In the field of opportunity (It’s tattie time again,}
The pickers scrambled from the bus,
gasping in the crisp October air.
Children ran across the furrowed fields,
kicking up dust and startled pheasants.
The older women built small fires,
soon smoke curled through the hedgerows.
The boss a small, mean, ex-fighter.
who’d fought until his face was flattened,
trampled through the tangled shaws
Measuring out each stent.
Sweat from his pounding head
stained his battered hat.
A heavy tractor dragged the digger
hard and relentless, rumbling and clattering,
laying a carpet of potatoes in front of bent backs
The daily rate a pittance
“A king’s ransom” boasted the boss.
“A damned disgrace” said old Jenny Fintry.
Copyright © J.M Brown 2017
Born in Glencraig Fife at the end of the 2nd World War, After many years of drifting and working, James returned to Scotland. Once retired he began to write things. Some have been published as poems and articles and with the help of Citadel playwrights performed on stage by professionals. Still married with three children and four grandchildren.
Sunday mornings, in gardens
EM Forster would have worried that these are days for getting smuts in your eye.
Or, more likely, losing dahlias in bloom to the gusting wind.
It is terrible, this havoc among the flowers, and,
Right enough, the Ox-eye Daisies are being tossed about wildly;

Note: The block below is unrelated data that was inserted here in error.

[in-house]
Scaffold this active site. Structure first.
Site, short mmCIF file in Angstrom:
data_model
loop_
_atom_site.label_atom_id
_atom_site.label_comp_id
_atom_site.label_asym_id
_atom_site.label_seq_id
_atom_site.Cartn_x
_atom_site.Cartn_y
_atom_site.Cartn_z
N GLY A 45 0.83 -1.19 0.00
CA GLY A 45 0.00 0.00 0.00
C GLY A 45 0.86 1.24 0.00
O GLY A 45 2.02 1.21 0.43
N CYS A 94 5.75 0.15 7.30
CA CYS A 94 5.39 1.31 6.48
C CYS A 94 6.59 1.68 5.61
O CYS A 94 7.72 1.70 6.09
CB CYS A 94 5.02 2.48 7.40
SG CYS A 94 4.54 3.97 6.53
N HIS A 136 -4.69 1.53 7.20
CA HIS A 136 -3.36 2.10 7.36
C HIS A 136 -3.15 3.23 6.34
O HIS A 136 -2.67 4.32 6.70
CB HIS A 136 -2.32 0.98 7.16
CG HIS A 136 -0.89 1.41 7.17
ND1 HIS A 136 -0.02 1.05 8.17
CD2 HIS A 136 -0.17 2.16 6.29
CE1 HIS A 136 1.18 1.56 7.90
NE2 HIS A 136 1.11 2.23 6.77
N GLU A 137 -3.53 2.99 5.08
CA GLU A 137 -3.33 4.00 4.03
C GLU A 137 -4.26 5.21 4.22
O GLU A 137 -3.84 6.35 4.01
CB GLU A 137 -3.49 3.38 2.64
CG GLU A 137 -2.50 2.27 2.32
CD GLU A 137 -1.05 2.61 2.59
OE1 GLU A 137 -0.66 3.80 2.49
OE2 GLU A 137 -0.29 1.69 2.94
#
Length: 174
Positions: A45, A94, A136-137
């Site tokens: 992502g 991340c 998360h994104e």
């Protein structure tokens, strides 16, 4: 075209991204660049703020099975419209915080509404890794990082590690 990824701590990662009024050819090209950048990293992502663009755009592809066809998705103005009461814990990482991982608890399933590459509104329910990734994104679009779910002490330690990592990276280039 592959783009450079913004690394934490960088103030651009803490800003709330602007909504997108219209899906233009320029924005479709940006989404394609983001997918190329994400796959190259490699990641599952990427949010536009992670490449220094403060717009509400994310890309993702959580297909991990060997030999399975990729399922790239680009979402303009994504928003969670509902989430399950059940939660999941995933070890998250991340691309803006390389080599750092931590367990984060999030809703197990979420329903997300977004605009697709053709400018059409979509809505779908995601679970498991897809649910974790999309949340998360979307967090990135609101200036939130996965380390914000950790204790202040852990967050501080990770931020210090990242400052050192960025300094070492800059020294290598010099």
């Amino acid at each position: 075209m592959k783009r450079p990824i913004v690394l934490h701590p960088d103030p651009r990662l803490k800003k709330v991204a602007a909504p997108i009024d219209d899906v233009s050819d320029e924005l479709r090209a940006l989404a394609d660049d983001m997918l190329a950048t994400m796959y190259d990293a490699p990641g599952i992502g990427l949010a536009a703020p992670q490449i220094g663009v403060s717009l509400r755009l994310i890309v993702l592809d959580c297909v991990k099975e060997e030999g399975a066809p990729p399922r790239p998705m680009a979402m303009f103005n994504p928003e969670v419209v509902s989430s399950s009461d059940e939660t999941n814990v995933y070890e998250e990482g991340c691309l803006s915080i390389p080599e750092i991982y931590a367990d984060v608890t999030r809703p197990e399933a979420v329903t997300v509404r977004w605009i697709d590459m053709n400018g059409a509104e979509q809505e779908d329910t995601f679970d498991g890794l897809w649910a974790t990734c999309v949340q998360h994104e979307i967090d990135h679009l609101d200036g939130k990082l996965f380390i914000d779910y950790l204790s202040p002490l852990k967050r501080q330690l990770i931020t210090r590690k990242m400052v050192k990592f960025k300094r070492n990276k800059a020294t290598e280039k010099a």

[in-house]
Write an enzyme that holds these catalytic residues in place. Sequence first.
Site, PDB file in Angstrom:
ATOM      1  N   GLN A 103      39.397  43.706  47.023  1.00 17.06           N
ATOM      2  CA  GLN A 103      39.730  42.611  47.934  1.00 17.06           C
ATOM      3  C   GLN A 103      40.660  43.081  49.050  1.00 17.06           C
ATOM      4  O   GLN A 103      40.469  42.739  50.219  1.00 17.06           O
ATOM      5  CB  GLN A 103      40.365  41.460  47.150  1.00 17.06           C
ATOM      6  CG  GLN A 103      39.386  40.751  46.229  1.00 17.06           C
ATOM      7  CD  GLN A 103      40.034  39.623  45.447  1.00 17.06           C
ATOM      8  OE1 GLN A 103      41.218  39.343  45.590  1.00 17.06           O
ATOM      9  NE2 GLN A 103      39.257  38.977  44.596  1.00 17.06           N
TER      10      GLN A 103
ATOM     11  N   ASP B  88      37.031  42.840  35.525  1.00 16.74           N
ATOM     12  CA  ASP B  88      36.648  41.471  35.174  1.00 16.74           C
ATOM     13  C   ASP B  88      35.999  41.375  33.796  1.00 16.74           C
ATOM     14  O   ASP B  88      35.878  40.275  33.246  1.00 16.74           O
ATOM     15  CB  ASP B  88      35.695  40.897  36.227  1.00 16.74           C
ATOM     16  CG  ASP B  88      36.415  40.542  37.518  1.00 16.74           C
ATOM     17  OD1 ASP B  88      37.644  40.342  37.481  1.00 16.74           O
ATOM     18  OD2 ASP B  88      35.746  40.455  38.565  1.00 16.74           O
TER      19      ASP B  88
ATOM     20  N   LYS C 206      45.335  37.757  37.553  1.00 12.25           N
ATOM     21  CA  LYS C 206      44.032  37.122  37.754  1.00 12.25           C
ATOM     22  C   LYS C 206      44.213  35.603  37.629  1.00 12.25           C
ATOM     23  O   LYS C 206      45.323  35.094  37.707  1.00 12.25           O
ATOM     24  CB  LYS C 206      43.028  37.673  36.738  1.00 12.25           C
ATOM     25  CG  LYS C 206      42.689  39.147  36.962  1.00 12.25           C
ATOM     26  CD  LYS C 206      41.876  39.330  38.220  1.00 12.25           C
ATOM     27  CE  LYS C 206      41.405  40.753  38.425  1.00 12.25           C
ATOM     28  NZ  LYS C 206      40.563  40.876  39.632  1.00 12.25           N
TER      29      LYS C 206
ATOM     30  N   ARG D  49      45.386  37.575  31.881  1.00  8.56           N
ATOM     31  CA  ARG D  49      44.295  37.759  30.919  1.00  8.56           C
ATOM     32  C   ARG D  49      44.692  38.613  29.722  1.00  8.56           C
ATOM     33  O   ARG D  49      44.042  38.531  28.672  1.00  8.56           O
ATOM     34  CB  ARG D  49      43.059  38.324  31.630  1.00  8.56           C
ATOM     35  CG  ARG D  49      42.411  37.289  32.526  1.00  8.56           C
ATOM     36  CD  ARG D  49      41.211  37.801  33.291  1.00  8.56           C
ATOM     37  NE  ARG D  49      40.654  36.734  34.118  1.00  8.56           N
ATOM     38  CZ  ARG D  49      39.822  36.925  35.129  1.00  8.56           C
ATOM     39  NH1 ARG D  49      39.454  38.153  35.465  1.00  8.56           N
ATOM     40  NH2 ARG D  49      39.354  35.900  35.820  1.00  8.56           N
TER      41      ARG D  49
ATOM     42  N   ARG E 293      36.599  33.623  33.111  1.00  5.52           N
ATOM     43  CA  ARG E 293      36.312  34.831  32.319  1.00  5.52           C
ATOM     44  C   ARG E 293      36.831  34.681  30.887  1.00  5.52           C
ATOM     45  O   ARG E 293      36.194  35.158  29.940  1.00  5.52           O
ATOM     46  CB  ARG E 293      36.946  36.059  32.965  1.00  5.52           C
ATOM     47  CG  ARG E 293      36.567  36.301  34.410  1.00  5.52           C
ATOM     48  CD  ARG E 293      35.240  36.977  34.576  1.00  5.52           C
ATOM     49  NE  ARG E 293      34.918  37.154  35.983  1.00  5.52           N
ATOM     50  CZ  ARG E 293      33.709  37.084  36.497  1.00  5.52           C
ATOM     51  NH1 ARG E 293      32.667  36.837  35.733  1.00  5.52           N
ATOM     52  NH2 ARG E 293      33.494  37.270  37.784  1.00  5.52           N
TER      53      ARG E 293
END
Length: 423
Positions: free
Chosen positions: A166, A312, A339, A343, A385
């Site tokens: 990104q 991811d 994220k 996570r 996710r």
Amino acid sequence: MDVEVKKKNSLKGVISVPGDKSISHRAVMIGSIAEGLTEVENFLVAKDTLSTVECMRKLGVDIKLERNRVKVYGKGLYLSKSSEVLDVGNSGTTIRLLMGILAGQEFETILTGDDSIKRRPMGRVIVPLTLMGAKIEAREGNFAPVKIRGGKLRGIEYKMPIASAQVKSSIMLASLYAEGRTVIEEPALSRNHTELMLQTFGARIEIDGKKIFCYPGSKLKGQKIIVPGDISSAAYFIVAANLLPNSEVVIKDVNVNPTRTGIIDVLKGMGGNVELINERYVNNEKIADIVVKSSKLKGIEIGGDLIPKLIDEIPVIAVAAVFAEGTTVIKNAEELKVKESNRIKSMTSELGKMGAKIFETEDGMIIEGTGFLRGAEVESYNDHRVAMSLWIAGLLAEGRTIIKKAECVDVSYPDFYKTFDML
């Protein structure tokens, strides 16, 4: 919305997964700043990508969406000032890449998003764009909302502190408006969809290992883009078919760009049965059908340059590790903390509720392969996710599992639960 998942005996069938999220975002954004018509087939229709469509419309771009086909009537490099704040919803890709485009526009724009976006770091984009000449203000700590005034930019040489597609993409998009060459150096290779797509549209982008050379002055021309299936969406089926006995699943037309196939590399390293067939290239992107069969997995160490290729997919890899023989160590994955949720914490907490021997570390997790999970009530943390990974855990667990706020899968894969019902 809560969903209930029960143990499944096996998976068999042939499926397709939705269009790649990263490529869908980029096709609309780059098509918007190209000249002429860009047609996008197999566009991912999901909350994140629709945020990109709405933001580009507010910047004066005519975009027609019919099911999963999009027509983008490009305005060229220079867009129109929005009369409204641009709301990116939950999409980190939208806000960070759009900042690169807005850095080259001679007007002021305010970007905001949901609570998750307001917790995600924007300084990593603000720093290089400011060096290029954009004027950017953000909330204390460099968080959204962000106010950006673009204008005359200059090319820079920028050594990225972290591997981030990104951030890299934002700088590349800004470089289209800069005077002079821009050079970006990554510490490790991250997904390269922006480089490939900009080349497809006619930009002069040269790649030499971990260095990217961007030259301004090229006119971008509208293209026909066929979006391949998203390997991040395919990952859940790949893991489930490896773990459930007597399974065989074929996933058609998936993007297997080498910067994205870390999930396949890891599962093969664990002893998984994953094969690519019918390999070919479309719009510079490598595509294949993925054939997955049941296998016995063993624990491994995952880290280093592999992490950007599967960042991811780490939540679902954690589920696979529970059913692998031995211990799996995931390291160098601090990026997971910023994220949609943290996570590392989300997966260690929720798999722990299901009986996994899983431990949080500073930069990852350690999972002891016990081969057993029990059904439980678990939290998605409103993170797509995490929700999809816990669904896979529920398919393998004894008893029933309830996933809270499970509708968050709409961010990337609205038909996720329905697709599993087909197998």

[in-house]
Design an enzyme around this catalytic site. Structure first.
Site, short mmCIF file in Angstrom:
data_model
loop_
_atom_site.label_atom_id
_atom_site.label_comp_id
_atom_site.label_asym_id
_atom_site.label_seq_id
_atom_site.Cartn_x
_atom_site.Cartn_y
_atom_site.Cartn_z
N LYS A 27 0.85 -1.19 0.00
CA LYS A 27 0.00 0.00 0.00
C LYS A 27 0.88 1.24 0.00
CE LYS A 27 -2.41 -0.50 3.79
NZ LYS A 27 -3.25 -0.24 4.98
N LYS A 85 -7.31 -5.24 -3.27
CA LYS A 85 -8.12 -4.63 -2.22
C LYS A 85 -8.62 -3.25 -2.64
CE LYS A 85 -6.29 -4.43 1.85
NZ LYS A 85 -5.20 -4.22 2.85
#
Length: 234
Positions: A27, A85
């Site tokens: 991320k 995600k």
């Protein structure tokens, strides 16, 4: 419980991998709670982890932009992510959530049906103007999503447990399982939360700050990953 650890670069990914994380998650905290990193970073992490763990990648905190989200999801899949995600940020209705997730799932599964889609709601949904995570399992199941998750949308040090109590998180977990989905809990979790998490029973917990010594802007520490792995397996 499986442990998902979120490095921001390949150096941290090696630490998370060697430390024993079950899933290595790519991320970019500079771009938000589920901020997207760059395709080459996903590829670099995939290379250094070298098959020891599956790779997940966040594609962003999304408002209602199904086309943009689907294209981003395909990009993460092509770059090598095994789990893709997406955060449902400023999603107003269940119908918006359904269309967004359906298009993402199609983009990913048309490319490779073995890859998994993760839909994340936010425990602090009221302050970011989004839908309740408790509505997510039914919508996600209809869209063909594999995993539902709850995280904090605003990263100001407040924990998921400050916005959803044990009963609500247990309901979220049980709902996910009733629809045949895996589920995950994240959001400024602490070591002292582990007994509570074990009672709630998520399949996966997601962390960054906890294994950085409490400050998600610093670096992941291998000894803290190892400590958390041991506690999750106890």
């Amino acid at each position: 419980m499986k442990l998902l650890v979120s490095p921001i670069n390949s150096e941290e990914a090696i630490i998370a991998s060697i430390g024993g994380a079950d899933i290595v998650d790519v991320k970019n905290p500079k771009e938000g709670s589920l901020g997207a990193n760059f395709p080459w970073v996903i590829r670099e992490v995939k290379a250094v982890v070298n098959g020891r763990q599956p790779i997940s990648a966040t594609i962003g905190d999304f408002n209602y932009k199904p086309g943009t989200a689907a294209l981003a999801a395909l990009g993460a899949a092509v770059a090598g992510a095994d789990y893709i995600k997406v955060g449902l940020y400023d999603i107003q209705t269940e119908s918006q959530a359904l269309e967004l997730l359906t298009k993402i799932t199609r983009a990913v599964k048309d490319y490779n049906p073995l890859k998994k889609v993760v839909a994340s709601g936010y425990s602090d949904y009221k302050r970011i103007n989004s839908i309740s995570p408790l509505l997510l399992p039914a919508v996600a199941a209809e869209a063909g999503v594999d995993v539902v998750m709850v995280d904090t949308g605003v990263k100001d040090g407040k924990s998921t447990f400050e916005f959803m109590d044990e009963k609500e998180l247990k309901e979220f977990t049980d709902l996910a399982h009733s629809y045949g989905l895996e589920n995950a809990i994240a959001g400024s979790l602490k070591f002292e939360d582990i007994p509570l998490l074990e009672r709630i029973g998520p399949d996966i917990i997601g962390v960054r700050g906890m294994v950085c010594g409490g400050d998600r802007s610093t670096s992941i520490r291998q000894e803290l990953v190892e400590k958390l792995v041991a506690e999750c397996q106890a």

A brave little clump of yellow Poppies are nodding away, in their hide among the Thyme;
Rogue Sycamores, peeking up beyond the Beech hedge, have big-handed leaves, waving frantically.
On either side of the valley the regimented Pines seem hardly to move,
But the rushing sound of the wind ploughing through them is huge.
Massive black clouds loom over the garden, as barrage balloons might,
Cutting off the warmth, obscuring the late July sunlight.
Someone’s hammering away down at the sheds, fixing loosened tiles,
And the Swallows and House Martins have been grounded from their gliding flight.
Sitting in the corner here, on the old garden bench, with blistering paint,
A suggestion of rain falls across the page, my face, and I wonder
What the end of things will be – I squint up, at you, reading too,
And notice the white tea towel flapping beyond us, on the fence;
Its little black map of these islands,
Copyright © Andrew Hunter 2017
I live and work in Glasgow and have been writing all my life. I continue to learn from everyone I hear and read and I hope their good influence comes out in what I produce.
After struggling for a couple
of minutes to fasten my 4
year old granddaughter’s
sandals, she says to me,
‘Come one Grandpa, this
and she was right,
knowing already how
precious time is, not
something to be fucked-
about with, like tying
shoelaces or waiting for a
bus or an answer, no
just get on with having a
a good time, that’s all
LUNCH TIME FUNNY
It was raining very hard and
I was soaked and pissed-off
making my way home from
work for lunch when I was
stopped by an old grey
bearded guy asking me
where the nearest bar was,
I quickly gave him the
directions and then he
asked me if I liked stand-
up comedy, I nodded my
head bored wanting
nothing more than to
get away but I stood for
20 minutes laughing my
ass off as he fired joke
after joke, he was
something else and then
he was gone, I stood for
a few moments, smiling,
not caring about the rain,
or getting someplace
warm and dry until some
asshole approached me
asking if I had any spare
coins I could give him
for a coffee, I stopped
smiling and shook
Copyright © John D Robinson 2017
John D Robinson is a UK published poet: ‘When You Hear The Bell, There’s Nowhere To Hide’ (Holy&intoxicated Publications 2016) ‘Cowboy Hats & Railways’ (Scars Publications 2016): his work appears widely in the small press and online literary journals.